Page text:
Mills and Mills

The region is dotted with many old and no longer operational water-powered paper and pulp mills. Brick factory buildings are also easily found. This part of New England has a strong history in a huge variety of manufacturing and other types of production-related businesses from the original Frank Jones Brewery complex in downtown Portsmouth, to the Button Factory on the other side of Islington. The Schultz meat plant is geographically right between the two. And, is decaying, where the other two now house an athletic club and artist studios, respectively.

The Schultz factory, Mat House Annex side (c)Daryl-Ann Dartt Hurst

The Schultz factory, Malt House Annex side (c)Daryl-Ann Dartt Hurst

I asked a friend of mine who is very involved in Portsmouth New Hampshire politics (where I am sure this is a terrific embarrassment), and the owner seems to have no motivation to clean it up and make it serviceable to businesses, artists, etc. What a shame!!

And, I actually find that whole idea extremely short-sighted considering what the Button Factory charges for studio space, and the last time I checked they were full!! http://www.buttonfactorystudios.com/studio_availability.htm

I have friends who have studios in the 1 Washington Street Mill Building in Dover, New Hampshire. This is a multi-use building that serves a myriad of businesses like Terra Cotta Pasta, a few smaller galleries, framing studios, apparel retailers, and other concerns. Dover has at least three complexes that are all successful in renting to those who need space but maybe don’t need the street-level, strip mall type exposure.

The Rollinsford Mill is very much like the 1 Washington Street Mill except it is heavily rented as art studio space. They, like the Button Factory, host open-studio events where the public is invited to come and experience the art at the Mill and purchase it outside the pretty gallery setting, directly from the artists.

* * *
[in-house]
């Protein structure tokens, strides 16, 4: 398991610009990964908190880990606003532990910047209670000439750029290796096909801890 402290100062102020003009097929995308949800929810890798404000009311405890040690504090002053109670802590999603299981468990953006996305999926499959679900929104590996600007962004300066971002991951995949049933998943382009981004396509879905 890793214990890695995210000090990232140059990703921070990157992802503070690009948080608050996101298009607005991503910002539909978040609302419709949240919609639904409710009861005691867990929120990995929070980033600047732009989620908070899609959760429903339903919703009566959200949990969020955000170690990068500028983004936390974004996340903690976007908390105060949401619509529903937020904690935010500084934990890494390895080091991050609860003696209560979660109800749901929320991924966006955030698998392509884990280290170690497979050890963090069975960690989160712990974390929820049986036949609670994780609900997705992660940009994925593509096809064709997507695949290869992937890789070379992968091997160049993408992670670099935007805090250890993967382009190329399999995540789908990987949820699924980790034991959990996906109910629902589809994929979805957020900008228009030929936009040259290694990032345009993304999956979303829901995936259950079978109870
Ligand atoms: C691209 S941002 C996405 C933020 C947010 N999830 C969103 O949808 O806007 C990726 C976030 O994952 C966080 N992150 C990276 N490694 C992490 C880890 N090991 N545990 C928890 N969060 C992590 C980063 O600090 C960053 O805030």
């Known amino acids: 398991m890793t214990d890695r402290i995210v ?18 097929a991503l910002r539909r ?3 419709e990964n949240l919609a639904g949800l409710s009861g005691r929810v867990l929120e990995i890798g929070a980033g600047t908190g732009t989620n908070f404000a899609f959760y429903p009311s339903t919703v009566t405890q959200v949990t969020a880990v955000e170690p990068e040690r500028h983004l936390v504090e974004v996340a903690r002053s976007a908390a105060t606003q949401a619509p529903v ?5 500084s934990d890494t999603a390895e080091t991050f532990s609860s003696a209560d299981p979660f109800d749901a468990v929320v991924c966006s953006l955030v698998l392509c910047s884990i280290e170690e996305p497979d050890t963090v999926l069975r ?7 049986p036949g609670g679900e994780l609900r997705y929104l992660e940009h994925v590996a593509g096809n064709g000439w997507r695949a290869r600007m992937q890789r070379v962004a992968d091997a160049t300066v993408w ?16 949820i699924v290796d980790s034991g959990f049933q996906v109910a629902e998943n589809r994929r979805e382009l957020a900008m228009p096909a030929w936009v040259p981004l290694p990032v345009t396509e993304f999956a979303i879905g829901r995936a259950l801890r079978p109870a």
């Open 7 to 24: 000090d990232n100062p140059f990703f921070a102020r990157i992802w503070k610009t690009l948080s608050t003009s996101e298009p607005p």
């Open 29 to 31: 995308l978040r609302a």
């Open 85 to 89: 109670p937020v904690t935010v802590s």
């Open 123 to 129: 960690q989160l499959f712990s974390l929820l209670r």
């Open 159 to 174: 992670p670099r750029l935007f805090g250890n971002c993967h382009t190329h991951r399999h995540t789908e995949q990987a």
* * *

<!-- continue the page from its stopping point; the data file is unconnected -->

In my travels taking pictures and just reveling in the spring sunshine, I drove (for no reason) to Sanford, Maine. In Sanford, there is a mill complex that looks a lot like the Schultz Factory.

the empty Sanford Mills building (c) DA Dartt Hurst

the empty Sanford Mills building (c) DA Dartt Hurst

No apparent recon is going on with this site, yet it is on a terrific piece of property with a great view. I took a few minutes to walk along this side of the building, and the front and shot this for art.

Sanford Mill venting, (c) Daryl-Ann Dartt Hurst

Sanford Mill venting, (c) Daryl-Ann Dartt Hurst

But, I wasn’t through wandering-the weather was not allowing this cabin-fevered child to be inside all day!

I went home, and lost the New Balance and socks to Tevas. Yes, and toes are happy! But, I was not done finding new treasures.

Gonic is a non-incorporated town that is really part of Rochester, but, like East Rochester, there is a different personality. I got here quite by accident, and found another mill building. But one I didn’t know about. And, one that has been restored, but hasn’t become trendy yet. Uh-oh!

This one has huge spaces, and though I haven’t seen them yet, they could be possibly rented as a group and sub-divided. Rents are crazy-cheap! Like they should be for a studio!

Gonic Mill, with the Cocheco River (c)Daryl-Ann Dartt Hurst

Gonic Mill, with the Cocheco River (c)Daryl-Ann Dartt Hurst

 

 

 

 

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About artinsmallplaces

I am Daryl-Ann Hurst, (also using Daryl-Ann Dartt Hurst), an artist and writer, who is also interested in antiques, travel and the outdoors. I am hoping to use this blog to meld all of the interests. I was born and raised in California, have a BA in art, have been published in the New England Antiques Journal and have photography on the Gulf of Maine's website. I have shown paintings and prints nationally since 1978.

Posted on 04/12/2015, in art, Dover, galleries, mills. studio spaces, New hampshire and tagged , , , . Bookmark the permalink. Leave a comment.

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